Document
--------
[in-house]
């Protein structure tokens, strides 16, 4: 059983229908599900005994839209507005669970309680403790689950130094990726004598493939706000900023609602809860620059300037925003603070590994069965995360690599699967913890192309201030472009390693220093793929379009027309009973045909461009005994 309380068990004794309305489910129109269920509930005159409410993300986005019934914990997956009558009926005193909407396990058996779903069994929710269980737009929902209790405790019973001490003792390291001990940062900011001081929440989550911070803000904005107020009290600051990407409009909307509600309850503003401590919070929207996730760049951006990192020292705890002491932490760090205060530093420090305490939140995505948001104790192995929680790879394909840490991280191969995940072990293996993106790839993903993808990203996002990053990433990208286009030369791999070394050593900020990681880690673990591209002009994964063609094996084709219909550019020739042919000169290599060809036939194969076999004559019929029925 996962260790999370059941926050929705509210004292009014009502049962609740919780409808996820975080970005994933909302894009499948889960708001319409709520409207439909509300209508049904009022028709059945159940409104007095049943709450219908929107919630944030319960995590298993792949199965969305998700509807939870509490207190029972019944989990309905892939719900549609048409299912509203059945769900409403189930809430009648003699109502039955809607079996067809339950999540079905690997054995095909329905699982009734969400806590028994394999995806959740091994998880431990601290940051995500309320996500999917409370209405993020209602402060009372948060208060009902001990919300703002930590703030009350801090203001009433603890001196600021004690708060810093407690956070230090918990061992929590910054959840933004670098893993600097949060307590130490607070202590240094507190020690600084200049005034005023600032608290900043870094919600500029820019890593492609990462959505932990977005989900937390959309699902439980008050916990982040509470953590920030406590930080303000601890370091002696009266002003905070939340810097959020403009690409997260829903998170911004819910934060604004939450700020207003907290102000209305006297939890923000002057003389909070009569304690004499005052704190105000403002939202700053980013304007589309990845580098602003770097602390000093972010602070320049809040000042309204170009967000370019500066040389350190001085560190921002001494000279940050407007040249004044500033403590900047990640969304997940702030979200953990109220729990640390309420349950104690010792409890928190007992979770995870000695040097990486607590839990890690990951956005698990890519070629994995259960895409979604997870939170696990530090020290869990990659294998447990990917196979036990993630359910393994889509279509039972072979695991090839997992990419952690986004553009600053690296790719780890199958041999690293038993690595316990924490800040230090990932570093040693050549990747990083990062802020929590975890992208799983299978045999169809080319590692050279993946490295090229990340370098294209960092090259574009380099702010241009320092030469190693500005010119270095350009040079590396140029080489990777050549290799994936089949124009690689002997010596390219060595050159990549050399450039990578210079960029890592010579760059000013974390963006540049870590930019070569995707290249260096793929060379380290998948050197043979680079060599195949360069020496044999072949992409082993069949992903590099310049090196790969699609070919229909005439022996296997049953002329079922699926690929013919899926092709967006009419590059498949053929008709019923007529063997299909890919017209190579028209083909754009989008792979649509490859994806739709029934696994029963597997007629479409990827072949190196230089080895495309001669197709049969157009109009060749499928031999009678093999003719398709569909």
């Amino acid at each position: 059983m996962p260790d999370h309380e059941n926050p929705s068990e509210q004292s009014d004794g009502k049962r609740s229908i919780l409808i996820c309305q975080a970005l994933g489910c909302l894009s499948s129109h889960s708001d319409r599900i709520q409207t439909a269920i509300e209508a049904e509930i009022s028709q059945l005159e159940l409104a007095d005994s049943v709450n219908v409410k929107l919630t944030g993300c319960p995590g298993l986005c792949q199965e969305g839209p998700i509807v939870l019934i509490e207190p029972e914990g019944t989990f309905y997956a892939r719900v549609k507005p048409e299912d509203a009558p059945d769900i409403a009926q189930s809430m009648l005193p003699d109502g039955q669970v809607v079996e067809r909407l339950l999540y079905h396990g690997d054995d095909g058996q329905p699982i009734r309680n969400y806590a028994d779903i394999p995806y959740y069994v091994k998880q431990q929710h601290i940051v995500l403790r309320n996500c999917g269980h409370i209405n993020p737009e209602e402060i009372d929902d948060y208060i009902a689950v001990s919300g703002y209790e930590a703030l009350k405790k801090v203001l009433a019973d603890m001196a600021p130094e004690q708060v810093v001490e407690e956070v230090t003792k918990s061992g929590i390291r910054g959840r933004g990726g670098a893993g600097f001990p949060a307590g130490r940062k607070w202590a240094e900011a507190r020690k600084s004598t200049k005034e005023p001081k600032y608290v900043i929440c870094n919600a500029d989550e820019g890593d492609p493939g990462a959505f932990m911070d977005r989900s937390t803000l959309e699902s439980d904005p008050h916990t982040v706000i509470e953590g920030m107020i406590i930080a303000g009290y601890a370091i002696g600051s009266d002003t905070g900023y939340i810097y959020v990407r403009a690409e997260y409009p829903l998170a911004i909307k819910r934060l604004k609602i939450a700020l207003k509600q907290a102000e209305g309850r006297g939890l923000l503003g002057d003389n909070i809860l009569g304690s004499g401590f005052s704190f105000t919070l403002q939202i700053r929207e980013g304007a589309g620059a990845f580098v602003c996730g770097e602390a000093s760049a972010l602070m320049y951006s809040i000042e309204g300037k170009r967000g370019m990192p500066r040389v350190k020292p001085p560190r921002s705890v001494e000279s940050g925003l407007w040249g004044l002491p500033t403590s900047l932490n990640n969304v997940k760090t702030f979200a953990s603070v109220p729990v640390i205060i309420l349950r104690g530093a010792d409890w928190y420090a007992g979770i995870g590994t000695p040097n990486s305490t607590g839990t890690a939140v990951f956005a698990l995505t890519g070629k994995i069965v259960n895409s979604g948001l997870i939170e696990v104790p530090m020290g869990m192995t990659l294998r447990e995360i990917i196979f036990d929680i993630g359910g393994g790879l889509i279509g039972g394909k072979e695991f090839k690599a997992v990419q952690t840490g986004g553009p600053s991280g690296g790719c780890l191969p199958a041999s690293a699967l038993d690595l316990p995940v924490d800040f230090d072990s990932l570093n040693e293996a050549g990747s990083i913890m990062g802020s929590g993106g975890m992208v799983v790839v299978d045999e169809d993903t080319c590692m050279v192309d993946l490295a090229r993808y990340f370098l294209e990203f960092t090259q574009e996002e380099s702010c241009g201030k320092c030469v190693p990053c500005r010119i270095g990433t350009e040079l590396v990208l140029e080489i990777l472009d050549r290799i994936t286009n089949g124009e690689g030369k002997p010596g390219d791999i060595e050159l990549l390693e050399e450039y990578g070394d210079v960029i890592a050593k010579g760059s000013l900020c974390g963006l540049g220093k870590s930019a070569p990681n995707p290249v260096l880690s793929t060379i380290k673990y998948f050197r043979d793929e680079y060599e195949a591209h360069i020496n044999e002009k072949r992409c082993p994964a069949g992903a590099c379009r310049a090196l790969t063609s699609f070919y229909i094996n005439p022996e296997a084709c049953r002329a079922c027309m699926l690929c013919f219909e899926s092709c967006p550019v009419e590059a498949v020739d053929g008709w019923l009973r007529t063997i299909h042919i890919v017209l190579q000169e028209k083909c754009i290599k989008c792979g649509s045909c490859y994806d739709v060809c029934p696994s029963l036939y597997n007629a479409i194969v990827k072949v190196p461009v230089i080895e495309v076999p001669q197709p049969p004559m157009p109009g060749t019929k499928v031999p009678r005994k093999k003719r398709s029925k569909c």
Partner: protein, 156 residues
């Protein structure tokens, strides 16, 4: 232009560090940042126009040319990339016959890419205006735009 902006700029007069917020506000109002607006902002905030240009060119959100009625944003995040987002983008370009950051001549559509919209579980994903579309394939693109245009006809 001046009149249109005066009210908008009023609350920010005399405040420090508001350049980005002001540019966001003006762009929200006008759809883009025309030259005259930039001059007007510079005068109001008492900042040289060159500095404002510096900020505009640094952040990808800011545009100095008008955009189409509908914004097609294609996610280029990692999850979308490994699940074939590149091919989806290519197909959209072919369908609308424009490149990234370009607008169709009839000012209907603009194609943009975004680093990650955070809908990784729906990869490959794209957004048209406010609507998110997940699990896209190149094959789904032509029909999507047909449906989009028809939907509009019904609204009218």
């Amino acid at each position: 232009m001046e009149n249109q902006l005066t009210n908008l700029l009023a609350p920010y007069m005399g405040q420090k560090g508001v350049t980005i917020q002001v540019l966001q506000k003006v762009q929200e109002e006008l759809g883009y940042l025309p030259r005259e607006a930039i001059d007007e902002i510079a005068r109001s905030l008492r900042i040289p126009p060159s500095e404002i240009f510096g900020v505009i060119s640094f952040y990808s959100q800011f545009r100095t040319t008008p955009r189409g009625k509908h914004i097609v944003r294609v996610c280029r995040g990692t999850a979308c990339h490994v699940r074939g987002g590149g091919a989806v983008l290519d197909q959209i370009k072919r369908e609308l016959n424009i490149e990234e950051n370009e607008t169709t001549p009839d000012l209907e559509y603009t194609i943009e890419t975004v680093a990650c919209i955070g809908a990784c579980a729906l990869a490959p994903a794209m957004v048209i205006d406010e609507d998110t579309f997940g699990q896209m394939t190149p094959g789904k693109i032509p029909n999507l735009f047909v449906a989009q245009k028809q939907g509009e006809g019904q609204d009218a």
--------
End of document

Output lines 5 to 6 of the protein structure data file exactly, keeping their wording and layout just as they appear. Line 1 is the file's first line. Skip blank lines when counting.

């Protein structure tokens, strides 16, 4: 232009560090940042126009040319990339016959890419205006735009 902006700029007069917020506000109002607006902002905030240009060119959100009625944003995040987002983008370009950051001549559509919209579980994903579309394939693109245009006809 001046009149249109005066009210908008009023609350920010005399405040420090508001350049980005002001540019966001003006762009929200006008759809883009025309030259005259930039001059007007510079005068109001008492900042040289060159500095404002510096900020505009640094952040990808800011545009100095008008955009189409509908914004097609294609996610280029990692999850979308490994699940074939590149091919989806290519197909959209072919369908609308424009490149990234370009607008169709009839000012209907603009194609943009975004680093990650955070809908990784729906990869490959794209957004048209406010609507998110997940699990896209190149094959789904032509029909999507047909449906989009028809939907509009019904609204009218």
């Amino acid at each position: 232009m001046e009149n249109q902006l005066t009210n908008l700029l009023a609350p920010y007069m005399g405040q420090k560090g508001v350049t980005i917020q002001v540019l966001q506000k003006v762009q929200e109002e006008l759809g883009y940042l025309p030259r005259e607006a930039i001059d007007e902002i510079a005068r109001s905030l008492r900042i040289p126009p060159s500095e404002i240009f510096g900020v505009i060119s640094f952040y990808s959100q800011f545009r100095t040319t008008p955009r189409g009625k509908h914004i097609v944003r294609v996610c280029r995040g990692t999850a979308c990339h490994v699940r074939g987002g590149g091919a989806v983008l290519d197909q959209i370009k072919r369908e609308l016959n424009i490149e990234e950051n370009e607008t169709t001549p009839d000012l209907e559509y603009t194609i943009e890419t975004v680093a990650c919209i955070g809908a990784c579980a729906l990869a490959p994903a794209m957004v048209i205006d406010e609507d998110t579309f997940g699990q896209m394939t190149p094959g789904k693109i032509p029909n999507l735009f047909v449906a989009q245009k028809q939907g509009e006809g019904q609204d009218a």